Drugged up bloke kills pal in shotgun prank assuming he had bulletproof vest

A man killed his friend in a shotgun prank gone horribly wrong, having fatefully assumed his pal was wearing a fully functioning bulletproof vest.

On Thursday when facing the Victorian Supreme Court, John Nelis pleaded guilty to the involuntary manslaughter of his pal Christopher Jacobs, in Geelong, Australia, in July 2020.

Prior to driving to Jacobs’ caravan alongside another friend, Nelis consumed the drug GHB. The purpose of the two men’s visit was to either swap or sell the gun to Jacobs, according to defence barrister Dermot Dann QC.

Upon arrival, Nelis saw his friend dressed in a bulletproof vest. However it had not been properly fitted with anti-ballistic panels.

Oblivious to this, Nelis pointed the shotgun at Jacobs’ chest and abdomen, firing the weapon without checking to see if it was loaded.

“This was just a tragic event with no intent to hurt, no intent to cause any injury whatsoever, by unfortunately a drug-affected man who, in very dangerous circumstances, has a loaded firearm,” Mr Dann explained to the court.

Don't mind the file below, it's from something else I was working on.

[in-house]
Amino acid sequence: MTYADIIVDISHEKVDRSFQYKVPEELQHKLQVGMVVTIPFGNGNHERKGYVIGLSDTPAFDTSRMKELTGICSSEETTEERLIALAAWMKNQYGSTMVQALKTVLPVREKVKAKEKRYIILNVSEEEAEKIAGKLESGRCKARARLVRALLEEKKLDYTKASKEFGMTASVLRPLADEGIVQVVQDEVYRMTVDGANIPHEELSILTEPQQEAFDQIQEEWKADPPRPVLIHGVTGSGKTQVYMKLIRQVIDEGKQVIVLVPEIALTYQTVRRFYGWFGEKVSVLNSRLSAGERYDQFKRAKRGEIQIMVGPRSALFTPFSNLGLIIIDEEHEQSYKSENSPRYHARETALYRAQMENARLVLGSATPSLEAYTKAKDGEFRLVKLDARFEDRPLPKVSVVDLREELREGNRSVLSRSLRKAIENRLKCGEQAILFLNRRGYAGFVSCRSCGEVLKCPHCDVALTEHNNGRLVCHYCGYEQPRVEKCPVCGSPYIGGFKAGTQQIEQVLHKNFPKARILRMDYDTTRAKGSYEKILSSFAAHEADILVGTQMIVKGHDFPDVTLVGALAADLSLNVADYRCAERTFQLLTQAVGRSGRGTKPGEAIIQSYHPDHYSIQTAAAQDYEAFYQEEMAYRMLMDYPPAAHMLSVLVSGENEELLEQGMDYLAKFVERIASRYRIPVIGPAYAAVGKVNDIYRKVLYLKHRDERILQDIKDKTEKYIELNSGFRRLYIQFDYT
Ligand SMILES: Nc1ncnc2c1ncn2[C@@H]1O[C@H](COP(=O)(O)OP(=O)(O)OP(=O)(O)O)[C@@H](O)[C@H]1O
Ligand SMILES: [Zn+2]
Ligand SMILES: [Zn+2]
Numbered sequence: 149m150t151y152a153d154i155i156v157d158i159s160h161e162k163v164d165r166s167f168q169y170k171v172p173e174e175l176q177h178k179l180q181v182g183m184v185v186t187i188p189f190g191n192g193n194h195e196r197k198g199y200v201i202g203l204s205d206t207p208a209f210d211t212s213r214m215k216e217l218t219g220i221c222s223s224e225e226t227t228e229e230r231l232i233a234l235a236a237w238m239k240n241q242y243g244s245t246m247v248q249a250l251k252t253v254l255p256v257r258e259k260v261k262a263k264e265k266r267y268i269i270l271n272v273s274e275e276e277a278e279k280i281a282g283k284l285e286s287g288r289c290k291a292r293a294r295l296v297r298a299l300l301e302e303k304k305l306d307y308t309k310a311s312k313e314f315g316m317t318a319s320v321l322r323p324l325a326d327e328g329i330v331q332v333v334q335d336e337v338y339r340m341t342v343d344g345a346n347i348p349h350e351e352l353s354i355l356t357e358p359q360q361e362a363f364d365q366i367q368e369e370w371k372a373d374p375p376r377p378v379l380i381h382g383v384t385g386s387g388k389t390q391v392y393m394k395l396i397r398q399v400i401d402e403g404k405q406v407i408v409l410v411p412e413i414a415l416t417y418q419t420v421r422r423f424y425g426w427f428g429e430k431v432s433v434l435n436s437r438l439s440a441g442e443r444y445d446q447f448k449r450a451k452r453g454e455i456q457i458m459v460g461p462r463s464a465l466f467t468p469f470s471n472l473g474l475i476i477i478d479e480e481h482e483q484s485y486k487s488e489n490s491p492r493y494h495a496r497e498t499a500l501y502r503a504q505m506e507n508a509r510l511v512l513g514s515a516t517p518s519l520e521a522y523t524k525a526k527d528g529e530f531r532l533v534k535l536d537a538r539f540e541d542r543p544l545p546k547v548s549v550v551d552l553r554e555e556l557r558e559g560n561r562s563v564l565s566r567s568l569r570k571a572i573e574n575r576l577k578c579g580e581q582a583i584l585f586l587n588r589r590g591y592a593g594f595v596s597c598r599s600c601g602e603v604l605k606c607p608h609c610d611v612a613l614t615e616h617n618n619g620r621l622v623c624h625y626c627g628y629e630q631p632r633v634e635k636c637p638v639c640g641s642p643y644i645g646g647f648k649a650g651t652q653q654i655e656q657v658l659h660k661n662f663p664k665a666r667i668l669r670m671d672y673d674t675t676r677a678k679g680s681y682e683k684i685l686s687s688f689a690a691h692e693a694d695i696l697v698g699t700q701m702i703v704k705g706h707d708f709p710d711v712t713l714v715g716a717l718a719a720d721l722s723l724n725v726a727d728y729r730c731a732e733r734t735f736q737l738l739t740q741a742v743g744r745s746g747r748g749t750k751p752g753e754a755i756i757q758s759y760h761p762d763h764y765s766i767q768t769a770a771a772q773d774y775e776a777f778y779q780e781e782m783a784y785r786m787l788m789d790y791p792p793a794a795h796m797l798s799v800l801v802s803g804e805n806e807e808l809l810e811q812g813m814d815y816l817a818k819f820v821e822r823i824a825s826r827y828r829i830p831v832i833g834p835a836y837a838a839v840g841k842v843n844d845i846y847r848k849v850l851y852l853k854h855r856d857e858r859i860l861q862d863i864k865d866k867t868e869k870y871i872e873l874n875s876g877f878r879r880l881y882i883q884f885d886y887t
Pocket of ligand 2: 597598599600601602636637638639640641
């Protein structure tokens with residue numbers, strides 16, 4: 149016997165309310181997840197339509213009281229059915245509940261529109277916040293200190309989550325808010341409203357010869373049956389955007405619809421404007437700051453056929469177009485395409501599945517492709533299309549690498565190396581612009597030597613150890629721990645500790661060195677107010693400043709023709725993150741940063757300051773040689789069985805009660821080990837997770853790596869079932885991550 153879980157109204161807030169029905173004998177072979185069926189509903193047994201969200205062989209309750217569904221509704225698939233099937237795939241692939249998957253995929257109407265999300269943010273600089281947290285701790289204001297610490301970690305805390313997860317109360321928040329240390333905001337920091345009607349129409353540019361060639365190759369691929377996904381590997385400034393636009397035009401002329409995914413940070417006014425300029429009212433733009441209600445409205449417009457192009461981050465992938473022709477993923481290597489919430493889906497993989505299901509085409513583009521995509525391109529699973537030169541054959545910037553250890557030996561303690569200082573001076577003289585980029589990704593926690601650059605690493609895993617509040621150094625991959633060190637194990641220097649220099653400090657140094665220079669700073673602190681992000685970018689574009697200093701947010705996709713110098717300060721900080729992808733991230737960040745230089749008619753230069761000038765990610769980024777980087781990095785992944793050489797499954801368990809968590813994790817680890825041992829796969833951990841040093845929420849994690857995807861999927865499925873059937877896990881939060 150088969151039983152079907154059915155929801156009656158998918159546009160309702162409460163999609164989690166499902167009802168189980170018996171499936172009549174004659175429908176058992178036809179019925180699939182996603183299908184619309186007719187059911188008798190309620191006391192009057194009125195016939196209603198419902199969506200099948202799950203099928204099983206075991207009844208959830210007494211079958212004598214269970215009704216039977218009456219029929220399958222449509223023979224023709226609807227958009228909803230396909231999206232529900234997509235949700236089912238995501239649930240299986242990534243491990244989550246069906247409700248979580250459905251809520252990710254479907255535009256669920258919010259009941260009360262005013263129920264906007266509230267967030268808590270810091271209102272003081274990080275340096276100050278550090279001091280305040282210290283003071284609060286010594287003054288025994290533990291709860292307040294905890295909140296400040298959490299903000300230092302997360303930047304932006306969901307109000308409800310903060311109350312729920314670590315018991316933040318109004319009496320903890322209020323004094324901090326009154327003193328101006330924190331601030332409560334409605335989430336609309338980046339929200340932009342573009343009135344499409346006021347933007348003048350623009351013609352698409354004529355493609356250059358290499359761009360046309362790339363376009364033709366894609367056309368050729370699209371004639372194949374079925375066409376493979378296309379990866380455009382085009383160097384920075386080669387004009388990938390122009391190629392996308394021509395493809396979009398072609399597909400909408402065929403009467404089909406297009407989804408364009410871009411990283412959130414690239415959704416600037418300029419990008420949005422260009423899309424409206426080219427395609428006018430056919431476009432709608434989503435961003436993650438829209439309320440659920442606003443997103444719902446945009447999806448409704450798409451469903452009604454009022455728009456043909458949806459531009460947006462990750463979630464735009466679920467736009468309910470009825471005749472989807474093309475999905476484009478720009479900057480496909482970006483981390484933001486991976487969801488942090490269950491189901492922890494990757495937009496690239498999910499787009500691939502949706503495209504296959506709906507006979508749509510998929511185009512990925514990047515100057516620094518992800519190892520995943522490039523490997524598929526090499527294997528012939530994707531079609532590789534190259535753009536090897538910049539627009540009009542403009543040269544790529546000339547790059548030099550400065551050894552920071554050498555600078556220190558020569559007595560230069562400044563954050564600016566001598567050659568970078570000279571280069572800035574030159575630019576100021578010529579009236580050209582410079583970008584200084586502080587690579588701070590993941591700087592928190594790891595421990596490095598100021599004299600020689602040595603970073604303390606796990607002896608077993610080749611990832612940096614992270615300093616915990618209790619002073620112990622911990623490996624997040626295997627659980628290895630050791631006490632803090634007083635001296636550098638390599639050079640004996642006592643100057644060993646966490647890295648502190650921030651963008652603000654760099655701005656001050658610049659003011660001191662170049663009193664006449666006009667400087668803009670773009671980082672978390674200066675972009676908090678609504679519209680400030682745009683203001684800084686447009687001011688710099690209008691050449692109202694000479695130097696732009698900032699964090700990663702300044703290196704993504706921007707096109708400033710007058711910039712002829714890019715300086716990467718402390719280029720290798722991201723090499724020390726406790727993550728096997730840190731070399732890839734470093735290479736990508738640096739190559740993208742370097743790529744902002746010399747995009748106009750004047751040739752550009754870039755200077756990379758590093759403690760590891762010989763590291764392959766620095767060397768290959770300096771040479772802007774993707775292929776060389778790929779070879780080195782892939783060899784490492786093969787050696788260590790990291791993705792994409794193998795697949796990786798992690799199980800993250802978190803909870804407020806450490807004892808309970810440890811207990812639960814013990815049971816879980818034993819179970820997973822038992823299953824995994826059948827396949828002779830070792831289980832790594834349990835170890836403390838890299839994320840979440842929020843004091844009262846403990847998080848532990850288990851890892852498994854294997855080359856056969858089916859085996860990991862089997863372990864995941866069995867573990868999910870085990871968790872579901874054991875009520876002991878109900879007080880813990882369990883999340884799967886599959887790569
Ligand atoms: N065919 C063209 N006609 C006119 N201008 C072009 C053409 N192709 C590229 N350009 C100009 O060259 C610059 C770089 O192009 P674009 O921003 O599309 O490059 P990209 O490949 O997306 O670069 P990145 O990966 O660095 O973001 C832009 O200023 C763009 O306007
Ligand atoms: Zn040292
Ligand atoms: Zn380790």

“At the time of the shooting, everyone was in good spirits, with no animosity and no arguments. People were affected by substances but there was no aggression.”

Nelis is said to have yelled out: "It wasn't meant to be loaded" after pulling the trigger.

“It would have been obvious there were cartridges in the gun,” Justice Lex Lasry said in response. “Clearly nobody checked.”

Despite his flaws Jacobs was loved by many, according to his father, who described his son as a “special person’:

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“You do not expect your children to die before you,” said Nicholas Jacobs in a heartfelt statement read to the court.

“When it happens it is so unexpected, so stunning, that you are made numb.

"For your child to be shot dead by the discharge of a shotgun is a vision you do not want to have. But it is now a vision that cannot escape my mind.

“You think about whether you could have done more, that somehow would have prevented him from being killed.

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“There's a kind of lingering guilt that, as a parent, you failed him. That's something I will have to live with forever. I feel great sorrow that Chris's future opportunities in life, whatever they may have been, have been stolen from him.”

Nicholas Jacobs’ partner Hilary believed her stepson to be a “misguided, hopeful, trusting, gullible and loveable” young man.

“So much promise was snuffed out and so much love was removed from the world. Chris, the eternal optimist, had his belief in the goodness of everyone proven to be so badly misplaced.”

Nelis, who on Thursday confessed to the shooting, is expected to face a further plea hearing on January 31, 2022.

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